Sibu By-Election: Barometer for State Election

Malaysian Digest
KUALA LUMPUR, 5 MAY, 2010: As battle lines are drawn for the Sibu parliamentary by-election on May 16, it goes without saying that this will certainly be a closely-watched event.
Sarawak DAP chairman Richard Wong Ho Leng’s fight with newcomer and greenhorn Robert Lau Hui Yew of SUPP to wrest the seat will not just generate great interest among the public, but that of political pundits and operatives, as well.
Winning the Sibu seat means a lot for both sides of the political divide as they gear up for the state election which is expected to be called before July, next year. The result of the by-election also has a significant bearing at national-level.
A DAP victory will mean SUPP is going to suffer in the coming state election as what they had experienced in the 2006 state election. Likewise, a SUPP win would mean that the party is on track to regain lost ground.
“This is the reason why the Sibu by-election not only generates interest, but is viewed as very important as it would determine the degree of Chinese support for the Barisan Nasional, particularly SUPP,” said a veteran politician.
The politican said SUPP was likely to put to the test, its ‘rejuvenating and recovery plan’ in the coming by-election so that any weakness could be rectified in time for the coming state election to help it recapture the eight seats it lost in the last election.
Kuching-born political analyst Prof James Chin believed that the biggest weakness faced by SUPP was that it was perceived as a “dying party” while Sarawak DAP was viewed as a young party with many young leaders.
“The problem with DAP is that its leaders are always thrown out by the party. This is particulary so, when they become more successful. The more their success, the more they fight,” he noted.
However, SUPP leaders said since the party’s shocking losses in the 2006 state election, it had begun to groom more young and educated members as potential candidates, by exposing them to the local political environment, such as taking on the role of councillor or member of municipal council.
“One of the steps is identifiying the candidate early. That is why, you don’t see any problem of picking a candidate this time for the Sibu by-election as these potential candidates were groomed about two years ago.
“This gives us sufficient time to select the right candidate and introduce him to the people,” said Sibu SUPP chairman Datuk Seri Wong Soon Koh.
Therefore, Wong, said despite Robert Lau junior being tagged as a ‘greenhorn’, the party was confident that the 45-year-old lawyer and Sibu municipal councillor would be able to retain the seat for the Barisan Nasional (BN).
“Even the prime minister is impressed with his credentials. That gives us an early indication that we have groomed the right candidate for this by-election,” said Wong, who is also state environment and public health minister, and second state finance minister.
The Sibu by-election is interesting as it is held immediately after the recently-concluded Hulu Selangor by-election which the BN has reclaimed although it lost the Chinese votes heavily to the opposition pact, Pakatan Rakyat (PR).
“That is the reason why this by-election has generated so much interest among the politically-conscious people…because they are interested to know how the Chinese in Sibu would vote. Will they vote for SUPP or DAP?,” asked a political observer.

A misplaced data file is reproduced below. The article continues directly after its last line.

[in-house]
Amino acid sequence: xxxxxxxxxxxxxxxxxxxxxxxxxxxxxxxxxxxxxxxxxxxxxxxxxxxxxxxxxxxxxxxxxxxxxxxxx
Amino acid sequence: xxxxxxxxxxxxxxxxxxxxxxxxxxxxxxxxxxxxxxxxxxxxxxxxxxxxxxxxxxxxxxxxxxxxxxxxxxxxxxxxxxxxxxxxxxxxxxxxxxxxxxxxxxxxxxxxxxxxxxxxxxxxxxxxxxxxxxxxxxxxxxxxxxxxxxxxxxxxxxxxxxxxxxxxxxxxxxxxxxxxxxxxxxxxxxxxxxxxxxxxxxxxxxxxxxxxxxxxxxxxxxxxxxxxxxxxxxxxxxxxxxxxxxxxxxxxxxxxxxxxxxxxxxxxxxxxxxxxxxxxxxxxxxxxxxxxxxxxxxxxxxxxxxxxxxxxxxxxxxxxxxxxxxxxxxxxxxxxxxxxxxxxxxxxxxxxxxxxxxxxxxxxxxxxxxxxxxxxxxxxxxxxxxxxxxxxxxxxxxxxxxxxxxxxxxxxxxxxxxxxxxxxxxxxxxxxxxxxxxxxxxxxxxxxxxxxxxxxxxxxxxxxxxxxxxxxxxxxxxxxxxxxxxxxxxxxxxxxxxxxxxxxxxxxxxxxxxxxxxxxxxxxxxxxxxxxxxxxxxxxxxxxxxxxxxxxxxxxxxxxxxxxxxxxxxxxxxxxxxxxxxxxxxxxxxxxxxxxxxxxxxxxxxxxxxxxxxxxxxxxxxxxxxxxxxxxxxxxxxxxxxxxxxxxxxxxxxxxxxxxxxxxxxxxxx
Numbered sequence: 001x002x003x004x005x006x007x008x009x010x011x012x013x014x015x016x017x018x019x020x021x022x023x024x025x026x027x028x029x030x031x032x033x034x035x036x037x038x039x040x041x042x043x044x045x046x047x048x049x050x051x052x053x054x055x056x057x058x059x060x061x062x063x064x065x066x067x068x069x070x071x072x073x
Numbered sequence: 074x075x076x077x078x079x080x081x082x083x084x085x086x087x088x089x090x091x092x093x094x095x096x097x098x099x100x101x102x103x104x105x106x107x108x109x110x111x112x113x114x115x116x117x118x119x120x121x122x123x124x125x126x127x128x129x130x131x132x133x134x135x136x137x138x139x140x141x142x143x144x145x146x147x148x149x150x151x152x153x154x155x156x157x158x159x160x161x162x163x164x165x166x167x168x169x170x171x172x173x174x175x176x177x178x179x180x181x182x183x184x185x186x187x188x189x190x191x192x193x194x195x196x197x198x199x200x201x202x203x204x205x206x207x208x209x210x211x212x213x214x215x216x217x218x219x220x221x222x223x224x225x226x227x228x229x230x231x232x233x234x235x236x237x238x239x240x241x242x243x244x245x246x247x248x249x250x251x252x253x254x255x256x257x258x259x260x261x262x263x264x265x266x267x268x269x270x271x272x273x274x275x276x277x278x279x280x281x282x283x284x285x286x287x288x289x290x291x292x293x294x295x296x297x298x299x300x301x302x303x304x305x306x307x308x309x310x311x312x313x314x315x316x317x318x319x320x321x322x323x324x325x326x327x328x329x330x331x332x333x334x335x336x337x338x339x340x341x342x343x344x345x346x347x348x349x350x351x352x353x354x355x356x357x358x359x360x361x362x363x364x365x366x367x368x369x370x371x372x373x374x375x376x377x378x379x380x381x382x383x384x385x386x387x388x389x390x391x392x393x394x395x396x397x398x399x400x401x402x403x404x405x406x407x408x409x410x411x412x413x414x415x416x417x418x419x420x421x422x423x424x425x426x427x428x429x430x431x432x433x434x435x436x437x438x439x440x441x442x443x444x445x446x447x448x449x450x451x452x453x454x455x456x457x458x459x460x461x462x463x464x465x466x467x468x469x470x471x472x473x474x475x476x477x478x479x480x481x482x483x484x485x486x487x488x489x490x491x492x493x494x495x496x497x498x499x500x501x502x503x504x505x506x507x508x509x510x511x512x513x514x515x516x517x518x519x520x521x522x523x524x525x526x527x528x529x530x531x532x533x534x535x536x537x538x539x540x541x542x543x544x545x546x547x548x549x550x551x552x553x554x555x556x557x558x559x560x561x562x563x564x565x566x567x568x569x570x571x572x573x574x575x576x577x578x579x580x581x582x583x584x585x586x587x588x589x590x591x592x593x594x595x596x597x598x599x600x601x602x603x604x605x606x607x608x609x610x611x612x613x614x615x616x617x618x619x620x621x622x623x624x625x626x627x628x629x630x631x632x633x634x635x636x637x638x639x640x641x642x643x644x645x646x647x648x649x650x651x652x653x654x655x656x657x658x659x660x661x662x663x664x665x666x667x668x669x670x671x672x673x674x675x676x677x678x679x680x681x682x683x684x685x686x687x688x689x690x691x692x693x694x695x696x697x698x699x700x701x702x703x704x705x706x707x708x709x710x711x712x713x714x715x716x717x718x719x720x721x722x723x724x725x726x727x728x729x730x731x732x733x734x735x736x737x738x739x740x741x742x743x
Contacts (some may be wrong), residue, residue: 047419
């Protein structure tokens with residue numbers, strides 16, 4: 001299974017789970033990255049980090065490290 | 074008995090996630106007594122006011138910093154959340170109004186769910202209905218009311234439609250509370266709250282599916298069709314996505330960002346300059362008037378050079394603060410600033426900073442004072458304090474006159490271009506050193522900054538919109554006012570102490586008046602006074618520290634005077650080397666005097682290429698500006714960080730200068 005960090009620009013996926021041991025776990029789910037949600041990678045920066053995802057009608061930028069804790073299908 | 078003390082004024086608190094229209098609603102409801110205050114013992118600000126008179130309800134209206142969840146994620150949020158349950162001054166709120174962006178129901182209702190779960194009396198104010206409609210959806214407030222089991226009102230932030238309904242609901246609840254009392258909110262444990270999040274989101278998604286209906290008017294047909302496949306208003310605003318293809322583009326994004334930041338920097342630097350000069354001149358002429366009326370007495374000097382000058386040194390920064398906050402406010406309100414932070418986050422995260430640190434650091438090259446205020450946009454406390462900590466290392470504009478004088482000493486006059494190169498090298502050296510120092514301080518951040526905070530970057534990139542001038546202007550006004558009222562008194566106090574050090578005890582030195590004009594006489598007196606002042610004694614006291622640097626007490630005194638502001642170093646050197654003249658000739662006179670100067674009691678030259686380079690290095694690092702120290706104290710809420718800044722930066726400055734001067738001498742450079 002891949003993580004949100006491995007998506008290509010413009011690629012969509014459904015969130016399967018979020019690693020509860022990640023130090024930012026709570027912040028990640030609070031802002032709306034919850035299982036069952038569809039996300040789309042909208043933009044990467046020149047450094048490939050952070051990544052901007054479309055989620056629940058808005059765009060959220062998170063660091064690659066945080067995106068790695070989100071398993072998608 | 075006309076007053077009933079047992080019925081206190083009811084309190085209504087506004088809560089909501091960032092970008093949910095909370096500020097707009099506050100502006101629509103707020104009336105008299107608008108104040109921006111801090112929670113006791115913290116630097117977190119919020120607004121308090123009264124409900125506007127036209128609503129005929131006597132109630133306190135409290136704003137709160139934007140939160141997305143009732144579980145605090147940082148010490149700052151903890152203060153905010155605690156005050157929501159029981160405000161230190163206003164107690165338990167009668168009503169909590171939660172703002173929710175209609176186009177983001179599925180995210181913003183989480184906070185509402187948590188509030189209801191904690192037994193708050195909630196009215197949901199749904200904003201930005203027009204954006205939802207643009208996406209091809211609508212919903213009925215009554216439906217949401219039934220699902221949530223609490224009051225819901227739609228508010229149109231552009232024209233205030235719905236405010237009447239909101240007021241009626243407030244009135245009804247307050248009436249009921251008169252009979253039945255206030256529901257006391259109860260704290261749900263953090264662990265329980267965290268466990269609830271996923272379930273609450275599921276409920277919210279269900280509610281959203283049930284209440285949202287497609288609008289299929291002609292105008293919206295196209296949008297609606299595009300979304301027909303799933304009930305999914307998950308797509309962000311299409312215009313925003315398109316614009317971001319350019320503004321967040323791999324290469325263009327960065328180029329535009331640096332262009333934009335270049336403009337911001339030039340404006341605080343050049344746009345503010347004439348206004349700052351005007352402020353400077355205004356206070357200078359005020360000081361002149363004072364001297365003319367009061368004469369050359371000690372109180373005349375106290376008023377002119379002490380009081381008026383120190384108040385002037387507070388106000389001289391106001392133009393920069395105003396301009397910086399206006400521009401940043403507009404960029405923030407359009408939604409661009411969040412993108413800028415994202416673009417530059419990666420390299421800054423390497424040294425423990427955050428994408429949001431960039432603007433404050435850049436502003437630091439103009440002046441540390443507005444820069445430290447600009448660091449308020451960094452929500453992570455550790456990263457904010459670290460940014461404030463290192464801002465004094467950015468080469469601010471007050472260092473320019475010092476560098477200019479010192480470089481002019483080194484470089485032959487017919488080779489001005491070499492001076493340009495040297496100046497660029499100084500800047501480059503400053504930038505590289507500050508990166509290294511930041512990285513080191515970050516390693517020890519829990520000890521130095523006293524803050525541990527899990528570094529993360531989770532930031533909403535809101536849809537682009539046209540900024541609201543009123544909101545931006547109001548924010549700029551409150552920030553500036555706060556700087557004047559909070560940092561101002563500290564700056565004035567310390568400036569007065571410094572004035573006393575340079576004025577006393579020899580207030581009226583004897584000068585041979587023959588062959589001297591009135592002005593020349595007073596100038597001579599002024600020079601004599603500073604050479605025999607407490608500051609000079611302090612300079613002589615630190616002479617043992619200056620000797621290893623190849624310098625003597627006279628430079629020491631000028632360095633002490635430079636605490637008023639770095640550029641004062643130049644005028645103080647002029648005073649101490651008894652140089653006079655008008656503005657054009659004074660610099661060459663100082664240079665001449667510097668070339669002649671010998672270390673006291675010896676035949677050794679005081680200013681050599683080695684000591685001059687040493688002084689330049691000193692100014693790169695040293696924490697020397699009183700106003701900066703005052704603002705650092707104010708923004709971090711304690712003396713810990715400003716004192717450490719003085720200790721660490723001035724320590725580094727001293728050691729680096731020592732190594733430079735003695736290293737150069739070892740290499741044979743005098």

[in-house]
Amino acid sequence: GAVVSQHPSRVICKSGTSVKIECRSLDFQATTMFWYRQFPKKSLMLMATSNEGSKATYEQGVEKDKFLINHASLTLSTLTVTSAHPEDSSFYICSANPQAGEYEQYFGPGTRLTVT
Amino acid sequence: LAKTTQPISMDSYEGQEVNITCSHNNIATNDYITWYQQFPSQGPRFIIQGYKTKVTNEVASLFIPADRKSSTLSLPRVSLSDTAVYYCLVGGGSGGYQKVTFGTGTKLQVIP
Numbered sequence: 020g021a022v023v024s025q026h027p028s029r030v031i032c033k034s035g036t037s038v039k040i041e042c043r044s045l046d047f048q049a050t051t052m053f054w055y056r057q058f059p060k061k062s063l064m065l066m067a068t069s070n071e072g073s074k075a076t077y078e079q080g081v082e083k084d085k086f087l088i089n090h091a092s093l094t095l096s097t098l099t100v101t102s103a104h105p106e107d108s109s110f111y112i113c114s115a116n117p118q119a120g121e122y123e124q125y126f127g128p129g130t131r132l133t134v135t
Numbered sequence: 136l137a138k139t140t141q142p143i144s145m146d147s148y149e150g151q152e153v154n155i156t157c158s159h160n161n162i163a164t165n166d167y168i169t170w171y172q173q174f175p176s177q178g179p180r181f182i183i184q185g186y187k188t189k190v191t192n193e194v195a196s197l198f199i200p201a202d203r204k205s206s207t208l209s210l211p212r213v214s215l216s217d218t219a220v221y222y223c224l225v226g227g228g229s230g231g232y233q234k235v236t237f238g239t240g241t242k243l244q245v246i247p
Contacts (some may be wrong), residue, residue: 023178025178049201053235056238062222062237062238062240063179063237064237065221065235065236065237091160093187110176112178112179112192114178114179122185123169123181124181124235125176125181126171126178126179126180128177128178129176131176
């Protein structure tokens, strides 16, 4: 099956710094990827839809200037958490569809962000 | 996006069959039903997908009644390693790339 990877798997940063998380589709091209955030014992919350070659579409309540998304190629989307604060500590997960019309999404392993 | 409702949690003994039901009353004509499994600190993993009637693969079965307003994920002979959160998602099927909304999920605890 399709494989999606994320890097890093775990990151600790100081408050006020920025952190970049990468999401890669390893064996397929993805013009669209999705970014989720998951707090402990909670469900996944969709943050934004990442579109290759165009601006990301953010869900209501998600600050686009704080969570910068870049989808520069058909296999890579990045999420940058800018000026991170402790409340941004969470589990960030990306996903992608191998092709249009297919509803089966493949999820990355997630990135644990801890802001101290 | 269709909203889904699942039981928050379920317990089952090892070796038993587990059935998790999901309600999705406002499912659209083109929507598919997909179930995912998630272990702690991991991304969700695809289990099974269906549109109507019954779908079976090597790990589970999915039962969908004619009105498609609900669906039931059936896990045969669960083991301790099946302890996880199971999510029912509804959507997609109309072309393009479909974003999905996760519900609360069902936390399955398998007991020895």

Based on previous voting trends, with the last one in the 2008 parliamentary election, only about 40% to 45% of the Chinese voted for Lau. Lau’s victory was mainly due to the fact that he received a high number of votes from Iban, Malay/Melanau and postal votes.
Had it not been for these votes, the result of the last election in this constituency might have gone to Wong Ho Leng of DAP who secured 15,903 as against 19,138 obtained by the late Robert Lau – a majority of 3,235 votes.
Some political analysts believe that the opposition pact in the state, which comprises PKR-DAP-PAS-SNAP, would try to influence the general voting pattern of the Chinese in the country by raising the same national issues, as in the Hulu Selangor by-election.
This is particulary on the issue that UMNO’s support for Perkasa — whose aim was to protect the Malay rights — did not go down well with the Chinese and others as they knew the multiracial voters there were not in favour.
“We expect them to play on issues which could harden some Chinese to go against Barisan Nasional as what the DAP had successfully raised in the Hulu Selangor by-election,” said a party source.
However, he said, it remained to be seen whether such sentiments might spread during the run-up to the Sibu by-election, and cause adverse implications to the SUPP candidate as voters in the peninsular and Sabah and Sarawak were different.
Not one to let the guard down, Sarawak BN chairman Tan Sri Abdul Taib Mahmud — during the recent Hulu Selangor by-election period — deployed two top political aides to the ground to access the situation, particulary on the issues and how the campaign was being conducted.
“By wining Hulu Selangor, it has given us a moral boost in the Sibu by-election. It has a significant impact on us,” said one of the aides who refused to be identified.
The same aide said that should BN manage to retain the Sibu seat, it would give some indication on the possibility of an early state election.
“Should we win, there is a possibility we will have an early state election…maybe, by the third or fourth quarter of this year,” he said.
The Sibu parliamentary constituency has 54,695 voters, of which 66% are Chinese voters who are predominatly Chinese Foochow. The rest are Malay/Melanau voters forming about 17%, followed by Ibans (15%). The rest are Bidayuh, Orang Ulu and Indian voters.
There are 2,537 postal voters comprising mostly army personnel at two military camps, and police personnel.